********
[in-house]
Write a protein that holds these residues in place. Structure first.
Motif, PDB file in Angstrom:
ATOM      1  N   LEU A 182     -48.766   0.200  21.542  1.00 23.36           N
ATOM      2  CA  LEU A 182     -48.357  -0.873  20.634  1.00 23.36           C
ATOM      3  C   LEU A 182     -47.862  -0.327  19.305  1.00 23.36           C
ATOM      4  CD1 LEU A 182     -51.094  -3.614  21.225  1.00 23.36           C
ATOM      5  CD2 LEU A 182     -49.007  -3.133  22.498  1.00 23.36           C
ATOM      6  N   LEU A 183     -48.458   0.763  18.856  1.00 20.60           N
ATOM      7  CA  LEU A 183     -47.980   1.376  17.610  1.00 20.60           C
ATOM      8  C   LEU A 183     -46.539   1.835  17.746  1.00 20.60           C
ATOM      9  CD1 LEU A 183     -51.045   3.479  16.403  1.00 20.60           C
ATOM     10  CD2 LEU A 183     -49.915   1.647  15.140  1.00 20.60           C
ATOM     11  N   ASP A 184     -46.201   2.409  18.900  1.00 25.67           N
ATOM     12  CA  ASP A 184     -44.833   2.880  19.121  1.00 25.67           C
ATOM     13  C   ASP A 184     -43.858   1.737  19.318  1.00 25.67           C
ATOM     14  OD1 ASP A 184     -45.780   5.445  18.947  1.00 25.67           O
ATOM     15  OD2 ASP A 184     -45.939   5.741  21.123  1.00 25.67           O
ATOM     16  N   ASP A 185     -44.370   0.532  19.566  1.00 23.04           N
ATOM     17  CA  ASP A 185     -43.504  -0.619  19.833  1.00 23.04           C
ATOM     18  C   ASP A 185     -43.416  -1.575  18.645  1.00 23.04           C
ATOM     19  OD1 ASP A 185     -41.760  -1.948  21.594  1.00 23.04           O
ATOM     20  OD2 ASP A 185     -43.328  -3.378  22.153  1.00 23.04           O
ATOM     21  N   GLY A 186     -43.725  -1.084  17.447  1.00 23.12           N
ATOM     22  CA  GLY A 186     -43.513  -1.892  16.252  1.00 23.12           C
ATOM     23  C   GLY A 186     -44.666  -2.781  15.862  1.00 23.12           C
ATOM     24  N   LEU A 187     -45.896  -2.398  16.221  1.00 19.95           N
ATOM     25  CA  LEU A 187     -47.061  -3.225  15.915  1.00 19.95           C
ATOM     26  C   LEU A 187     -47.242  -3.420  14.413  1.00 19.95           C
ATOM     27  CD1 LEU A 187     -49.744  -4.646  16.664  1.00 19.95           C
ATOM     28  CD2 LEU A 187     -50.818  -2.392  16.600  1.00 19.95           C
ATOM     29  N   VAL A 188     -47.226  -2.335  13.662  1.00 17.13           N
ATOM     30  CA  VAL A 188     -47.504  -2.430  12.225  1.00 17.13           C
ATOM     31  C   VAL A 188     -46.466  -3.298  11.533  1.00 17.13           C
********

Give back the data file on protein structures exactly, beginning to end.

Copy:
[in-house]
Write a protein that holds these residues in place. Structure first.
Motif, PDB file in Angstrom:
ATOM      1  N   LEU A 182     -48.766   0.200  21.542  1.00 23.36           N
ATOM      2  CA  LEU A 182     -48.357  -0.873  20.634  1.00 23.36           C
ATOM      3  C   LEU A 182     -47.862  -0.327  19.305  1.00 23.36           C
ATOM      4  CD1 LEU A 182     -51.094  -3.614  21.225  1.00 23.36           C
ATOM      5  CD2 LEU A 182     -49.007  -3.133  22.498  1.00 23.36           C
ATOM      6  N   LEU A 183     -48.458   0.763  18.856  1.00 20.60           N
ATOM      7  CA  LEU A 183     -47.980   1.376  17.610  1.00 20.60           C
ATOM      8  C   LEU A 183     -46.539   1.835  17.746  1.00 20.60           C
ATOM      9  CD1 LEU A 183     -51.045   3.479  16.403  1.00 20.60           C
ATOM     10  CD2 LEU A 183     -49.915   1.647  15.140  1.00 20.60           C
ATOM     11  N   ASP A 184     -46.201   2.409  18.900  1.00 25.67           N
ATOM     12  CA  ASP A 184     -44.833   2.880  19.121  1.00 25.67           C
ATOM     13  C   ASP A 184     -43.858   1.737  19.318  1.00 25.67           C
ATOM     14  OD1 ASP A 184     -45.780   5.445  18.947  1.00 25.67           O
ATOM     15  OD2 ASP A 184     -45.939   5.741  21.123  1.00 25.67           O
ATOM     16  N   ASP A 185     -44.370   0.532  19.566  1.00 23.04           N
ATOM     17  CA  ASP A 185     -43.504  -0.619  19.833  1.00 23.04           C
ATOM     18  C   ASP A 185     -43.416  -1.575  18.645  1.00 23.04           C
ATOM     19  OD1 ASP A 185     -41.760  -1.948  21.594  1.00 23.04           O
ATOM     20  OD2 ASP A 185     -43.328  -3.378  22.153  1.00 23.04           O
ATOM     21  N   GLY A 186     -43.725  -1.084  17.447  1.00 23.12           N
ATOM     22  CA  GLY A 186     -43.513  -1.892  16.252  1.00 23.12           C
ATOM     23  C   GLY A 186     -44.666  -2.781  15.862  1.00 23.12           C
ATOM     24  N   LEU A 187     -45.896  -2.398  16.221  1.00 19.95           N
ATOM     25  CA  LEU A 187     -47.061  -3.225  15.915  1.00 19.95           C
ATOM     26  C   LEU A 187     -47.242  -3.420  14.413  1.00 19.95           C
ATOM     27  CD1 LEU A 187     -49.744  -4.646  16.664  1.00 19.95           C
ATOM     28  CD2 LEU A 187     -50.818  -2.392  16.600  1.00 19.95           C
ATOM     29  N   VAL A 188     -47.226  -2.335  13.662  1.00 17.13           N
ATOM     30  CA  VAL A 188     -47.504  -2.430  12.225  1.00 17.13           C
ATOM     31  C   VAL A 188     -46.466  -3.298  11.533  1.00 17.13           C